First, blogging friend and Urban Cottage supporter Tricia Rose from Rough Linen has received some wonderful news.  She's been nominated as a finalist in Martha Stewart's "American Made" contest!

Martha Stewart!

If you don't know Tricia already, she makes/sews the most beautiful linen products you've ever seen and she could use your support.  This is a great opportunity to support a small business without having to spend a dime, although you might find something pretty to buy too!  Please take moment to learn more about Tricia and show your support by voting.  

Go on.  I'll wait right here for you.

via Tokyo Jinga

Thank you for supporting Tricia!

Back to the bathroom.  Someone asked me if I would be doing a period bathroom for the downstairs/guest room.  And that's my difficulty with it.  The house was built in 1842 so a period bathroom would look a little something like this:

This might be a little too rustic so I'm looking for something a little more timeless.

Photo courtesy of Donna Seger, Streets of Salem

I've always felt a console sink would be a perfect timeless choice and I was happy to see 
 Edith Wharton's home built in 1905 in a recent blog post by local historian Donna Seger.   A console sink does eliminate the opportunity to incorporate some storage but it also maximizes visual space in a small bathroom.  But in a way, I feel it's a cop out.  I'd much rather have the challenge of finding something unique to repurpose.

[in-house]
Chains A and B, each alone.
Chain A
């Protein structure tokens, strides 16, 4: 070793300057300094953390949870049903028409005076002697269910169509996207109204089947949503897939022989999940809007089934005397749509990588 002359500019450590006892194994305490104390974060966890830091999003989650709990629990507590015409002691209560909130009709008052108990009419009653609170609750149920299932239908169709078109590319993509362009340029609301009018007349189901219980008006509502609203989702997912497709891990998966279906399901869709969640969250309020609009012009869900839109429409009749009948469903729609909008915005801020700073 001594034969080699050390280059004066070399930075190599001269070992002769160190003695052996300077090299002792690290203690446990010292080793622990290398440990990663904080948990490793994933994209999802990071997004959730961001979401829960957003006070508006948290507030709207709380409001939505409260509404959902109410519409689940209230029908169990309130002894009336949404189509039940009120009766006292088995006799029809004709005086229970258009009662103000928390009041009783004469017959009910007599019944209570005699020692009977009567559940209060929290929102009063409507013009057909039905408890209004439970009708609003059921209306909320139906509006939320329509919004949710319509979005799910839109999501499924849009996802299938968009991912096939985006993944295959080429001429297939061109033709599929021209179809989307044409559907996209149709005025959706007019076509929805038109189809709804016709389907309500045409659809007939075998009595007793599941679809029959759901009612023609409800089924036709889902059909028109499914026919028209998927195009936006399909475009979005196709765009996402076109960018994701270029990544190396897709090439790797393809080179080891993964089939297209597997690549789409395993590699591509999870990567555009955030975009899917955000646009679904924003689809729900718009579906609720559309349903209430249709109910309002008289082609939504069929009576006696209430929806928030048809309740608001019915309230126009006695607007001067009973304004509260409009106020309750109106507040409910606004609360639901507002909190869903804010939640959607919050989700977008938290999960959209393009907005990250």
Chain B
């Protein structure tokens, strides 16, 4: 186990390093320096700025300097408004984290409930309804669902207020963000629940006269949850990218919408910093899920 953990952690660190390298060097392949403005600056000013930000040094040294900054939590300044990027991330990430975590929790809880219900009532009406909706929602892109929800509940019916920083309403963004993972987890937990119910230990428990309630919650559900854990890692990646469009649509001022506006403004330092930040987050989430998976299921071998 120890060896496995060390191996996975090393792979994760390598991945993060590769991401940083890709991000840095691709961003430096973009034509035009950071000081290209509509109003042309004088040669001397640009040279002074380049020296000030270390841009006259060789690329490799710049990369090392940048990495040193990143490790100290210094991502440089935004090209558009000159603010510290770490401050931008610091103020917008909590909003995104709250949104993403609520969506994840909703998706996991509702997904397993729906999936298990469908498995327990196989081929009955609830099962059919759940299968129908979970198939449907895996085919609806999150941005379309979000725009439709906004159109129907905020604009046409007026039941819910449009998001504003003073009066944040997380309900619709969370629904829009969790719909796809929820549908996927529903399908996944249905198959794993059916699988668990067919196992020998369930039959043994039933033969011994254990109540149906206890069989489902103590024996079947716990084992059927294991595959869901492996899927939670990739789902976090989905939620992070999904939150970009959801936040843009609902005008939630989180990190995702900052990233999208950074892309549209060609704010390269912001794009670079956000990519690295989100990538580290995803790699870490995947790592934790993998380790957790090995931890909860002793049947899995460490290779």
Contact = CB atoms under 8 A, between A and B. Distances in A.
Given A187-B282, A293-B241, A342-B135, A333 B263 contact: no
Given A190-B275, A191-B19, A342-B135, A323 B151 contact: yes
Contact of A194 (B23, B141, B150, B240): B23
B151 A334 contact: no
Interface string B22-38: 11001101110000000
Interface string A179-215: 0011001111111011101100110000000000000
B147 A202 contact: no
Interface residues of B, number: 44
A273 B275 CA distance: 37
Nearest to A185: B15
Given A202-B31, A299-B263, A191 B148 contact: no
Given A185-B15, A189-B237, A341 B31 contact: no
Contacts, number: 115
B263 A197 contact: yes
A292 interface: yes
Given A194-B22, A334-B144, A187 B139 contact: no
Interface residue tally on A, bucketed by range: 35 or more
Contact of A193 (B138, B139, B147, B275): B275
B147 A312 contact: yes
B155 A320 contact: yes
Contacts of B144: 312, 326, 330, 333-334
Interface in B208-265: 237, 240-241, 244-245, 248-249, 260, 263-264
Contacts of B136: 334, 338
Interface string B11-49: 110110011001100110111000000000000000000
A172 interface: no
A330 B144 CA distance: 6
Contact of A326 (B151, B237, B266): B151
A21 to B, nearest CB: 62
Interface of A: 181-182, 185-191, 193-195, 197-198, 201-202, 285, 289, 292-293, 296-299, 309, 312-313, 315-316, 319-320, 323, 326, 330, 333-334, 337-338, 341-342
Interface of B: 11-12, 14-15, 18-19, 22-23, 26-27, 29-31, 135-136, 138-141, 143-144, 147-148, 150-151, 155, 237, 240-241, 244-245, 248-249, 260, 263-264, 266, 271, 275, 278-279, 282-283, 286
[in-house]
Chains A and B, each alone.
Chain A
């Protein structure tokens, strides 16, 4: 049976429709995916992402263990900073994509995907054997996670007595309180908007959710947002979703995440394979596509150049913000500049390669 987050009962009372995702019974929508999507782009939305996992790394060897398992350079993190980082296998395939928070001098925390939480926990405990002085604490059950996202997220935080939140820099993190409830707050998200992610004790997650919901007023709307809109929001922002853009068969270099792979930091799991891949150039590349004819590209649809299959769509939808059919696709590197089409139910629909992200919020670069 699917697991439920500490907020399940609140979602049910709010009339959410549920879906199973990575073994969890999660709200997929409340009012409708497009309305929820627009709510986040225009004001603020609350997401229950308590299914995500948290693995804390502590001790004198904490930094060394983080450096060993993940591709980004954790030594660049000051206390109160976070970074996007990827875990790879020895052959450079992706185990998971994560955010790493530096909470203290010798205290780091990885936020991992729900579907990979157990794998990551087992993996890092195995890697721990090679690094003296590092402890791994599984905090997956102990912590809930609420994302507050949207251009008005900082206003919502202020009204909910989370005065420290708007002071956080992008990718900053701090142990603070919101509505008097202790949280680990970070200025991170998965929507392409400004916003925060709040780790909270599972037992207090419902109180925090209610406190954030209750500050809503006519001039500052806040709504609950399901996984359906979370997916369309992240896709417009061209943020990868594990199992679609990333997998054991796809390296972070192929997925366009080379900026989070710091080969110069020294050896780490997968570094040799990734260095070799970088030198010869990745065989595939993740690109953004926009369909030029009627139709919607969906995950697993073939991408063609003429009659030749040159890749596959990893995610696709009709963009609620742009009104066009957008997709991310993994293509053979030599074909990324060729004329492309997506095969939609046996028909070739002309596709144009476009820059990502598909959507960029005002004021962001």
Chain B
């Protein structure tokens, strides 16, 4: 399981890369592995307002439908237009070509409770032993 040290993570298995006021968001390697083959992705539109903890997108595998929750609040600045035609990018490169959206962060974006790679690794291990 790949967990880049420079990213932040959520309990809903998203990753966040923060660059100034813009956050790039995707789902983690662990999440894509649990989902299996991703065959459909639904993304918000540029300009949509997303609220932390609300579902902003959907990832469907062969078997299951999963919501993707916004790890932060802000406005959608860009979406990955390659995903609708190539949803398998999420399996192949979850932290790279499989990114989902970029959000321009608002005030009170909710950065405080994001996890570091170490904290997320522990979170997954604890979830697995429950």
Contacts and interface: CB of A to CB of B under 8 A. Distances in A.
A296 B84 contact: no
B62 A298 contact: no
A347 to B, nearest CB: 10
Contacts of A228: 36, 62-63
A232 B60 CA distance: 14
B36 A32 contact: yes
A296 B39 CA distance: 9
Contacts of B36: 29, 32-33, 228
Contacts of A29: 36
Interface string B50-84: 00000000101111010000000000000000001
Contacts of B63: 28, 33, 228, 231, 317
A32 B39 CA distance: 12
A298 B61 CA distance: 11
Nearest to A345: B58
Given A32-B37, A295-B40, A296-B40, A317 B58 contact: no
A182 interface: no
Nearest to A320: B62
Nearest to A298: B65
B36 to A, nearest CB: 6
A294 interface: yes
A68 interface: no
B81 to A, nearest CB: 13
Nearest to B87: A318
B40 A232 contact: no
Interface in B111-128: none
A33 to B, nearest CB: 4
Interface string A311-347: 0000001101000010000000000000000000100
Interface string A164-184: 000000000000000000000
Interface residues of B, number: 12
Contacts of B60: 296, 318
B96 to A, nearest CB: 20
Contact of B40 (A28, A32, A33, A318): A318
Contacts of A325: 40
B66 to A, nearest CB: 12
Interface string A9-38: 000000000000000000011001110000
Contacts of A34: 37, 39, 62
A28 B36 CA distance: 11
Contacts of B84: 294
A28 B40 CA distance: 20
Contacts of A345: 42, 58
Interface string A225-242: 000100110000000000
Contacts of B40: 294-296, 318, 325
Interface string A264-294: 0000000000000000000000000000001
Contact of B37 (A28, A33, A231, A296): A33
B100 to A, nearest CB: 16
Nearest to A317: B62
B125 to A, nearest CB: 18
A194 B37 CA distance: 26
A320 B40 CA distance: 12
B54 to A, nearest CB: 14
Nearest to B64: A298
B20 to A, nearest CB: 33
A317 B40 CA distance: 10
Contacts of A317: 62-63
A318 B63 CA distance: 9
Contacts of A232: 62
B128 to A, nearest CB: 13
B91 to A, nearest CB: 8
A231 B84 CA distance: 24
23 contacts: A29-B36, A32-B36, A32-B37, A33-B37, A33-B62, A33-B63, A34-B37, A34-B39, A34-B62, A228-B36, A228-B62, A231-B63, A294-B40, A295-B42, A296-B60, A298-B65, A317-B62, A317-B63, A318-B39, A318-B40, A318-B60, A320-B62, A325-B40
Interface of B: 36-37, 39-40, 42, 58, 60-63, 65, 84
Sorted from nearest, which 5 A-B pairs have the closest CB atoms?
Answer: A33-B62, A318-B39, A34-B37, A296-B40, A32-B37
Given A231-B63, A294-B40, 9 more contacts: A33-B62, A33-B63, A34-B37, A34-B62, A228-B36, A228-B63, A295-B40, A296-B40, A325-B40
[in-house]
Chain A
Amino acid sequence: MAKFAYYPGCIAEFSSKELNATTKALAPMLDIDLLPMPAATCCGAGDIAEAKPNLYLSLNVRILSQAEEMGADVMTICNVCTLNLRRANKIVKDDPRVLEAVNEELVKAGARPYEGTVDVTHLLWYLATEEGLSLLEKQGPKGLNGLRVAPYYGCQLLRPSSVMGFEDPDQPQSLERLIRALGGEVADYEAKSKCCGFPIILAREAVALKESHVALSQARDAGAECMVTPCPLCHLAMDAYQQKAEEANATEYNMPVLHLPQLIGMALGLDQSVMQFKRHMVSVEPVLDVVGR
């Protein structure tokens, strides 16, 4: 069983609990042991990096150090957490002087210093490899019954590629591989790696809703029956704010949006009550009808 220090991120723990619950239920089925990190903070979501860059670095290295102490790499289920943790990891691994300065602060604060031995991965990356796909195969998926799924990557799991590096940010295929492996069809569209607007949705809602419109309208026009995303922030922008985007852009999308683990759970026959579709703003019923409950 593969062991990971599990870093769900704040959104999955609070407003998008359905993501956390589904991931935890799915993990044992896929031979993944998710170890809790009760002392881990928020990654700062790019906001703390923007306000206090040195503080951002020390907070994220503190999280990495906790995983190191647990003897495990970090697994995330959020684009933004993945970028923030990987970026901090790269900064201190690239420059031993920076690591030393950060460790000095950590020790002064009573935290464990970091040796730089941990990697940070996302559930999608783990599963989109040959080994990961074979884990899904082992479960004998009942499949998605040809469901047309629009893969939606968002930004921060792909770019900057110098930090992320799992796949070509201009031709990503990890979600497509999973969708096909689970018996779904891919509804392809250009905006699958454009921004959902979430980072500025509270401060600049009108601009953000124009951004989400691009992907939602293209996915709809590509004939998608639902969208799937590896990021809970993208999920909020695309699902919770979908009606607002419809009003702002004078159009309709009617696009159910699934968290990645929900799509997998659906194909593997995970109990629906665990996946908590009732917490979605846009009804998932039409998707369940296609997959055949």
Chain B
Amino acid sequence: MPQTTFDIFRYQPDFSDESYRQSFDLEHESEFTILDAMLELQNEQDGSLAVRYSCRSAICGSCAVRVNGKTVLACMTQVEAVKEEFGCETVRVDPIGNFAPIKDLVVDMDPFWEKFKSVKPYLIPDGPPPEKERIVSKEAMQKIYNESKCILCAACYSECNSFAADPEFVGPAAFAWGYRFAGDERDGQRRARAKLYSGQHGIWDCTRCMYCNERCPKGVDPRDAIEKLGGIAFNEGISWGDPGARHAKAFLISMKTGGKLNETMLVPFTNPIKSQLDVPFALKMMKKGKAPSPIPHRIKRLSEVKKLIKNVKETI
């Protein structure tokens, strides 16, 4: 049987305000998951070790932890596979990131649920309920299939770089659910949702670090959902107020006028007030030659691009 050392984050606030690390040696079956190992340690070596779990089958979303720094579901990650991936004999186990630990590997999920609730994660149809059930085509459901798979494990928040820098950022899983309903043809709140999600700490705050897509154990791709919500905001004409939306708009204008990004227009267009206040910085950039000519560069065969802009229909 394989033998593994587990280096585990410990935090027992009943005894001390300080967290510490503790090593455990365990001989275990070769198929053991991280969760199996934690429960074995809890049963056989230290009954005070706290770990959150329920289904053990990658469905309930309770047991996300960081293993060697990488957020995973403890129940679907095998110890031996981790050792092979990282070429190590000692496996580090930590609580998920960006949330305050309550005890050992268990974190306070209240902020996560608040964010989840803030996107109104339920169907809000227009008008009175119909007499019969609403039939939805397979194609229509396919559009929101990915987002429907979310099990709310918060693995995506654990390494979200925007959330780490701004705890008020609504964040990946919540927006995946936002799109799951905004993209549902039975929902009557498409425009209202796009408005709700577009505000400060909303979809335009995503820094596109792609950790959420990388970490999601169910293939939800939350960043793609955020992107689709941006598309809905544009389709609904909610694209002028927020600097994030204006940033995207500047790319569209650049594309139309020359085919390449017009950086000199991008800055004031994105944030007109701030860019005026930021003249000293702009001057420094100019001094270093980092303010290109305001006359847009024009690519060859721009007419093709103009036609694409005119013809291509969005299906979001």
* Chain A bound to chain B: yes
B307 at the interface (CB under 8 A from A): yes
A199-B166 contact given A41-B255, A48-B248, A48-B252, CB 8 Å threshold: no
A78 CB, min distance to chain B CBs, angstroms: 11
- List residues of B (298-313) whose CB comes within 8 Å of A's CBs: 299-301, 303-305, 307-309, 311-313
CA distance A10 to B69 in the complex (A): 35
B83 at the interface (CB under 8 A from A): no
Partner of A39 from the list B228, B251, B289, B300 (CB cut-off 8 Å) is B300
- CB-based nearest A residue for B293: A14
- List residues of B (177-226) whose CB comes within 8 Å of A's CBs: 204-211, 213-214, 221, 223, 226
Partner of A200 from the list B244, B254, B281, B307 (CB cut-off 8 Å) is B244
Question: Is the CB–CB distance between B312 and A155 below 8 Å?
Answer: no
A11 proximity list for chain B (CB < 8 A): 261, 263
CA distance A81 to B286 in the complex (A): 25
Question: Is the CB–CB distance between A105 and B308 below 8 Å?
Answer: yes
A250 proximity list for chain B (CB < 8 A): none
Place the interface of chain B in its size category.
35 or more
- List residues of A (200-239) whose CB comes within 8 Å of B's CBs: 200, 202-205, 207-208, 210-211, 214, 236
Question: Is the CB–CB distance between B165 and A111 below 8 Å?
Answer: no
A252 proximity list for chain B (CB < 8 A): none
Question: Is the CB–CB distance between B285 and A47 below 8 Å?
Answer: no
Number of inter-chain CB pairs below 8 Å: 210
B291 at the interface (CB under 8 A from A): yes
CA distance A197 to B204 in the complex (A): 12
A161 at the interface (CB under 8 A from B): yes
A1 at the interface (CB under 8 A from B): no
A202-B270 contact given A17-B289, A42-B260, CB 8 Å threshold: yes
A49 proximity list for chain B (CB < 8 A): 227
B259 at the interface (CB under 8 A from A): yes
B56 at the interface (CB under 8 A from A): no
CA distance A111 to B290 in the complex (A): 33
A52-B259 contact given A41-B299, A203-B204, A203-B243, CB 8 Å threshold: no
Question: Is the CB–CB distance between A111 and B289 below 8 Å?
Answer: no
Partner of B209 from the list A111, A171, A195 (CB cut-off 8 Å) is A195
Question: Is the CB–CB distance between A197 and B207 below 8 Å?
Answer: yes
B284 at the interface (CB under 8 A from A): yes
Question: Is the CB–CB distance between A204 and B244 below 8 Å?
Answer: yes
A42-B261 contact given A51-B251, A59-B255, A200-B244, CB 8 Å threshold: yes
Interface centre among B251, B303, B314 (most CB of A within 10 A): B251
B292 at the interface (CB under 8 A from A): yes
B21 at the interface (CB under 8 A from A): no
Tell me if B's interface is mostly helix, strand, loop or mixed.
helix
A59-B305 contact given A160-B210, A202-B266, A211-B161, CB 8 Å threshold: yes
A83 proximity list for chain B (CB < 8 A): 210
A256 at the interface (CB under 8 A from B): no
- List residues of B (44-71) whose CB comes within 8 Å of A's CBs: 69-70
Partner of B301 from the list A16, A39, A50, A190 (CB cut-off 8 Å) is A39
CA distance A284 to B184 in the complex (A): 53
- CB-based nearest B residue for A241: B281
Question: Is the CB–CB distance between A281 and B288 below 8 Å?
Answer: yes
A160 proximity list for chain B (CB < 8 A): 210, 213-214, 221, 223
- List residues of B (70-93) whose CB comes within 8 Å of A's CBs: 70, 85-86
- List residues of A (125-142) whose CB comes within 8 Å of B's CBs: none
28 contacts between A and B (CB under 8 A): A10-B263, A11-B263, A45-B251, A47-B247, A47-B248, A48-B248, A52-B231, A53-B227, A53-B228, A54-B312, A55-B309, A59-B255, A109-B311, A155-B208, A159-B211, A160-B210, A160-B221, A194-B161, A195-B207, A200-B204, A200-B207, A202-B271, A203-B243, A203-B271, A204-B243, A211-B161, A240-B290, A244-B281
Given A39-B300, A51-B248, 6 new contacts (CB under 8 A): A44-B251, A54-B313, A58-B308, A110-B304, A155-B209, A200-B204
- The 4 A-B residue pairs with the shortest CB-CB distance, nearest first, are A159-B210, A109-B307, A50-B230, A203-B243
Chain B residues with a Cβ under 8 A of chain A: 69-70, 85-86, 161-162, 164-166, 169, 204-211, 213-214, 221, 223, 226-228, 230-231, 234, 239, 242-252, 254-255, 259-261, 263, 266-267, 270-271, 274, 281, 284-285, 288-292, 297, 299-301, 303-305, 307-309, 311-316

One major limitation I have is space.  In the architect's plan, they've placed a 30-inch sink.  It appears like I might have a tiny bit of leeway but not much as all.


My biggest complaint about bathroom sinks is they tend to be too small.  They're fine for rinsing your fingers but try to wash your face and you've usually got a counter floating with water.  Don't you?  Maybe I just have a bog head.  

I do love this old chest with what looks like a chunky square basin.  I also the wall mounted fixtures on the marble tiled wall.  But vessel sinks seem to come with higher maintenance.  How do you clean behind it?


Here's another handsome bathroom with a vibe that fits my house but no storage underneath.  I don't mind the exposed plumbing at all.  If this had a lower shelf, a few basket could provide additional storage.

This has long been a favorite of mine since I saw it in--was it Country Living?  Rustic meets modern and little shelf below for storage.


This one's perhaps a tad too country but, again, I love the juxtaposition of the old chest and modern sink basin.  And it looks like a nice large one too.   And a little closed storage too.  

A big sink in a small space sacrifices counter space... 


...but maybe an adjacent built-in would provide a place for guests' toiletries...

..or perhaps a little narrow shelf above the sink for a few special soaps and toiletries
for a guest to pamper themselves.

So I have my mission.

I'm off to look for sink solutions.

Thanks to Camille whose bathroom Pinterest board I totally raided for inspiration.  I love your taste!